Freshman state Sen. Julia Salazar teamed up with the Teamsters this week.
The Brooklyn Dem crashed an in-house meeting Wednesday called by the head of fine art moving company UOVO to try and talk employees out of joining a union, according to the president of Teamsters Local 814.
Queens-based UOVO, whose employees help deliver priceless works of art to museums like the Met and Rubin Museum of Art in Manhattan, refused to recognize Local 814 when informed its staffers had signed up, workers said.
Instead, the company called a meeting Wednesday and said that “no companies match 401K contributions anymore,” according to staffers present.
But the workers got some socialist support in the form of Salazar, who crashed the meeting with Local 814 President Jason Ide to demand the company stop union-busting.
Salazar later posed for pics outside UOVO’s building with workers — throwing up her right fist in a power salute.
“A company like UOVO, that counts on doing business with city-funded, pro-union institutions like the Met, and that has asked the city’s tax-payers to help subsidize their expansion into my district, should be expected to treat their workers with respect,” Salazar said in a statement about her meeting-busting.
“They should recognize their union immediately. If they continue to hold captive audience meetings and engage in anti-union tactics, then I think it’s our obligation as city and state officials to reexamine all of their dealings with public institutions and public funding.”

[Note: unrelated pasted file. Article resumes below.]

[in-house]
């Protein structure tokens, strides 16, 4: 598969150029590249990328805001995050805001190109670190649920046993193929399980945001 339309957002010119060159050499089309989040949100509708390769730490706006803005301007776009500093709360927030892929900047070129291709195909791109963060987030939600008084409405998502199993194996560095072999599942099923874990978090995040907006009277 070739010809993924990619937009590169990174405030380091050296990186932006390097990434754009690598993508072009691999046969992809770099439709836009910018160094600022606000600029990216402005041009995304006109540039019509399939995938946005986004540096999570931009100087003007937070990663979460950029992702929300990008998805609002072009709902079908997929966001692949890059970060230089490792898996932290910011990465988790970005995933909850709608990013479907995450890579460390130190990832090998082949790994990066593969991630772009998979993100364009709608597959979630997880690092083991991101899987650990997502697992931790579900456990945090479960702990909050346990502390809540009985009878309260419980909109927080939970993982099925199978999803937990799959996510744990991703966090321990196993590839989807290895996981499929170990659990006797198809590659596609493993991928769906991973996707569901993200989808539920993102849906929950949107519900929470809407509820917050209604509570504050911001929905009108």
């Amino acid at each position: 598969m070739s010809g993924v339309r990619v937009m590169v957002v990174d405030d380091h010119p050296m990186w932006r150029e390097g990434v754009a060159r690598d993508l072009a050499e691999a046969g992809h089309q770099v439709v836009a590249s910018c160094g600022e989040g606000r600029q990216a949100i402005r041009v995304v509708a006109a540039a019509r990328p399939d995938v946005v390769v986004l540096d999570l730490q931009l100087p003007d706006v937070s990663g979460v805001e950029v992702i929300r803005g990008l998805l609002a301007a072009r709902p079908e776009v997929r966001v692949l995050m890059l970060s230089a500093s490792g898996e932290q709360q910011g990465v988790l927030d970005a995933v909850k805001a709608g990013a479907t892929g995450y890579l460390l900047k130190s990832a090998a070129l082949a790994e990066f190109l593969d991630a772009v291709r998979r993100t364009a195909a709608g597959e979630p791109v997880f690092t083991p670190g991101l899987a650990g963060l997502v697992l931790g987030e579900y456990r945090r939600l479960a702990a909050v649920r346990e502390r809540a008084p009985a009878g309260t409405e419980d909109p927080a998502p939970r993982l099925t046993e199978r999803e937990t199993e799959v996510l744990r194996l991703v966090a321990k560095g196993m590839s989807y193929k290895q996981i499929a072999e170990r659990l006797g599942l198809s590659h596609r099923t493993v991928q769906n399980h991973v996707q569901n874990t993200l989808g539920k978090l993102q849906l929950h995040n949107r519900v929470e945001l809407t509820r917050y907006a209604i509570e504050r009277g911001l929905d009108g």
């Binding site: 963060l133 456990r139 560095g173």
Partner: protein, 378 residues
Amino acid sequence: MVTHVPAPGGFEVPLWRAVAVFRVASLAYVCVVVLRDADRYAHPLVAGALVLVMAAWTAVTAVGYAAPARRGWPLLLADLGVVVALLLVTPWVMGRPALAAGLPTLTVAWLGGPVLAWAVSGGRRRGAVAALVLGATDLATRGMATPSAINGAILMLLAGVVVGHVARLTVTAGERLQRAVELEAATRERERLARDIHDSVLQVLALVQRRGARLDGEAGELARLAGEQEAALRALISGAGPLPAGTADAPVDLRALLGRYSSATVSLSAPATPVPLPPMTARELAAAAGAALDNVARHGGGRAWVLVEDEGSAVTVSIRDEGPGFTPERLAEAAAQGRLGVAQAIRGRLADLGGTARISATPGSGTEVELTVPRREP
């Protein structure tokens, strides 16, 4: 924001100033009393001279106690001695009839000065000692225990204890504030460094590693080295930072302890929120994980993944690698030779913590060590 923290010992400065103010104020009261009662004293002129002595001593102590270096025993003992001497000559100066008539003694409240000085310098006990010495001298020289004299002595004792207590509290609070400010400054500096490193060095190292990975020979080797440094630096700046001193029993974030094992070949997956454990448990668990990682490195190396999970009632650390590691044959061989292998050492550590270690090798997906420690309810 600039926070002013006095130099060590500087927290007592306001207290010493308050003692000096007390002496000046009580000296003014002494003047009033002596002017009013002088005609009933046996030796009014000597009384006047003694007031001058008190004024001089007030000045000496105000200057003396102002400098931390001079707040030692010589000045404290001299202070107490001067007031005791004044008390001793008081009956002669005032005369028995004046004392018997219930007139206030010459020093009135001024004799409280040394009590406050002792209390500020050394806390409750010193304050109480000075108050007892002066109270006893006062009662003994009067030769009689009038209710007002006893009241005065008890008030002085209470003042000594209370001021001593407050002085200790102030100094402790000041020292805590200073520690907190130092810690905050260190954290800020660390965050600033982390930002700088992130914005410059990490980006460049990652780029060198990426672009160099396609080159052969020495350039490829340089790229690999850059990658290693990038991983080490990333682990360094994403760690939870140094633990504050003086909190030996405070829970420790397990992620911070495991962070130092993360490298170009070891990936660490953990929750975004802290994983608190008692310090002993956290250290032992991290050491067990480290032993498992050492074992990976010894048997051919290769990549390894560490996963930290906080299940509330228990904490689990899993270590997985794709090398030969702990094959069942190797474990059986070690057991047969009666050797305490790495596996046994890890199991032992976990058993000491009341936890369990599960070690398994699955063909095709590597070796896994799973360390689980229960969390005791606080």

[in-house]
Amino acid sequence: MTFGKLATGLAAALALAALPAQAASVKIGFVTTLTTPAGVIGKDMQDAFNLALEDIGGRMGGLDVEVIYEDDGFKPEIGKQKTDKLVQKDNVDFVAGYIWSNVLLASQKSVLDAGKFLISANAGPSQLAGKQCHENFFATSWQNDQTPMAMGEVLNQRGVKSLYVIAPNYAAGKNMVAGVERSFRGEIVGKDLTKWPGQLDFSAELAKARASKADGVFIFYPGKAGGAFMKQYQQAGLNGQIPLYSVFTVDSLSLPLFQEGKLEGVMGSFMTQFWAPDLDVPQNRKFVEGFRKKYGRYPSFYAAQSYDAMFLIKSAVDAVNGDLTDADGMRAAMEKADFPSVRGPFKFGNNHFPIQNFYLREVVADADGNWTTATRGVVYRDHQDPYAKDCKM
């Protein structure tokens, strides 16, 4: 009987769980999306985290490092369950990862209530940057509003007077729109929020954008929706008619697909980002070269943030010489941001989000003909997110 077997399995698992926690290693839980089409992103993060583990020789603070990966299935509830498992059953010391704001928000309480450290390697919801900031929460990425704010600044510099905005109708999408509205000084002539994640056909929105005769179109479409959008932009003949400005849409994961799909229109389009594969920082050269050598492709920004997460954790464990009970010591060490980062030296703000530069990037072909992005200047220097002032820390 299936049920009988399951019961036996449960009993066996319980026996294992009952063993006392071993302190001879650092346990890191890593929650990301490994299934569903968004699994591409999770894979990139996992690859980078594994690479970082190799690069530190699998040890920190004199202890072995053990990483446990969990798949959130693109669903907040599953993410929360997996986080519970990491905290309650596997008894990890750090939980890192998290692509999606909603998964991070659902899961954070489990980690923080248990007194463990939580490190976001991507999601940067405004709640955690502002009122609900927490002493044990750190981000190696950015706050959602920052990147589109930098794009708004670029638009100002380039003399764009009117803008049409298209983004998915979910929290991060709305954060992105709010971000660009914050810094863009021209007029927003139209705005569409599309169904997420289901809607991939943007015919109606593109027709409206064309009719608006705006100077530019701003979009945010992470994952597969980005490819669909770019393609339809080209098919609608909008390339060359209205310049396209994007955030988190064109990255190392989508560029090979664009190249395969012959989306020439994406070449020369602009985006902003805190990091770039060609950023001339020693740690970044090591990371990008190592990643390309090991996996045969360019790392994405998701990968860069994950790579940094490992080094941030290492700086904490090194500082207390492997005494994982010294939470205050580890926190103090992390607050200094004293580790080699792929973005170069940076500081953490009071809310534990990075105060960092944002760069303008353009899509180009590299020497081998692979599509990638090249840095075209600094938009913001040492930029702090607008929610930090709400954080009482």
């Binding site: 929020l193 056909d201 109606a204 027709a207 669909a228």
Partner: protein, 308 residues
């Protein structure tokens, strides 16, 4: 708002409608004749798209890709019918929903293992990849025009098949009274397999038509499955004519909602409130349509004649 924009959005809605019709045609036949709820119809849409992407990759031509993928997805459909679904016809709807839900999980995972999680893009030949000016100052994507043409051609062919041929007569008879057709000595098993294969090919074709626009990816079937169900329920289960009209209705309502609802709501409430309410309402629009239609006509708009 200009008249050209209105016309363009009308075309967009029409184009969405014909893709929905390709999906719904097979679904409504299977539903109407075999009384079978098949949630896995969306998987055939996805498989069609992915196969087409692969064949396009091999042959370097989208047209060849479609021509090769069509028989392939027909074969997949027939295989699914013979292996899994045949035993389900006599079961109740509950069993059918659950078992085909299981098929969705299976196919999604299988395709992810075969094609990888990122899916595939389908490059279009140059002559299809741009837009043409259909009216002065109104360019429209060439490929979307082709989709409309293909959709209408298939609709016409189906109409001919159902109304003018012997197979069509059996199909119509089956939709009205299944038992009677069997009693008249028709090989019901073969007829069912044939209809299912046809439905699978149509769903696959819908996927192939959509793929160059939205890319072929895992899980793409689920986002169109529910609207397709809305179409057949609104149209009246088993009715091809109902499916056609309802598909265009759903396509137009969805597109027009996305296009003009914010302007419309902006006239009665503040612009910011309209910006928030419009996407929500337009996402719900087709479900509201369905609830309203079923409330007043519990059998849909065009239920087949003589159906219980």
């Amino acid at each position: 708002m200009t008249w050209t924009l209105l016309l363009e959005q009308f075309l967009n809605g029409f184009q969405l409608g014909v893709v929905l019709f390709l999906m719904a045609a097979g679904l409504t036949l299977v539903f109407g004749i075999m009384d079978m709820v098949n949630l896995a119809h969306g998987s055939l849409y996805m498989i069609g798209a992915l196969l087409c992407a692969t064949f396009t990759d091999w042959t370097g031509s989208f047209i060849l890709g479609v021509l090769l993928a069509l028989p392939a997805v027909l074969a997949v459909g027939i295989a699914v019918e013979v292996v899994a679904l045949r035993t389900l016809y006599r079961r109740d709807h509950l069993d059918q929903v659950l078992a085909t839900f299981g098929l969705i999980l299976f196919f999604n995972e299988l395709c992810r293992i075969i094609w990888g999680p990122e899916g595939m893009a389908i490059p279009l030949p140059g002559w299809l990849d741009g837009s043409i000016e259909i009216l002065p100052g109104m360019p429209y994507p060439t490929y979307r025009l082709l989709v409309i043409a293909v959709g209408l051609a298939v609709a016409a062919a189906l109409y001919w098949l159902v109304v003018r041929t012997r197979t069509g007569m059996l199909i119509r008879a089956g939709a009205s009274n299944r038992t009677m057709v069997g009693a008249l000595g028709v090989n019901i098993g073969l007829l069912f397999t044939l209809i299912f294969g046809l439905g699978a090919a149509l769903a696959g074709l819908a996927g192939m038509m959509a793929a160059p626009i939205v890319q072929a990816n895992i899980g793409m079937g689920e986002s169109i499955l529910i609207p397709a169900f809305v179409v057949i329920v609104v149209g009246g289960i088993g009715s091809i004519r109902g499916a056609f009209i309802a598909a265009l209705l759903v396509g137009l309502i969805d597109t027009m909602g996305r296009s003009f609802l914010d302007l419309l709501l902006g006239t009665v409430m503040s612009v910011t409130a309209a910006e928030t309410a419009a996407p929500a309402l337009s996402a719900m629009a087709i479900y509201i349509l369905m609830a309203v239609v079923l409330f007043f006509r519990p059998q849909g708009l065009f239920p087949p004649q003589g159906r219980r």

UOVO is planning to open a fourth warehouse in Bushwick, Brooklyn, this fall in Salazar’s district with nearly $17 million in funding from New York City Economic Development Corporation.
Teamsters Local 814 President Jason Ide said workers will even reach out to the company’s clients if UOVO doesn’t stop anti-union activity.
UOVO didn’t address allegations they pressured employees when reached for comment by the Daily News.
“UOVO is committed to our team and supports their rights. As industry leaders, we are proud of the unparalleled skill level of our art handlers, and the work they perform with the world’s most recognized museums, collectors and institutions,” UOVO spokeswoman Anne Maso said. “We value our work culture and the direct communication with our colleagues across departments. Ultimately, any decision to introduce third-party representation rests with the affected team members and we will respect their choices.”
UOVO workers said they’re looking for affordable family-health care, better safety protections and retirement plan.
“We’ve been doing this for too long,” said UOVO truck driver and art handler Ricky Santiago, who’s worked with the company for four years. “I’ve coughed up almost $3,000 to take my daughters to the ER. If you get sick, you are ultimately screwed, and in this industry it’s been that way for too long. That’s why we built a union here. It’s for our all of our futures and for our families’ futures.”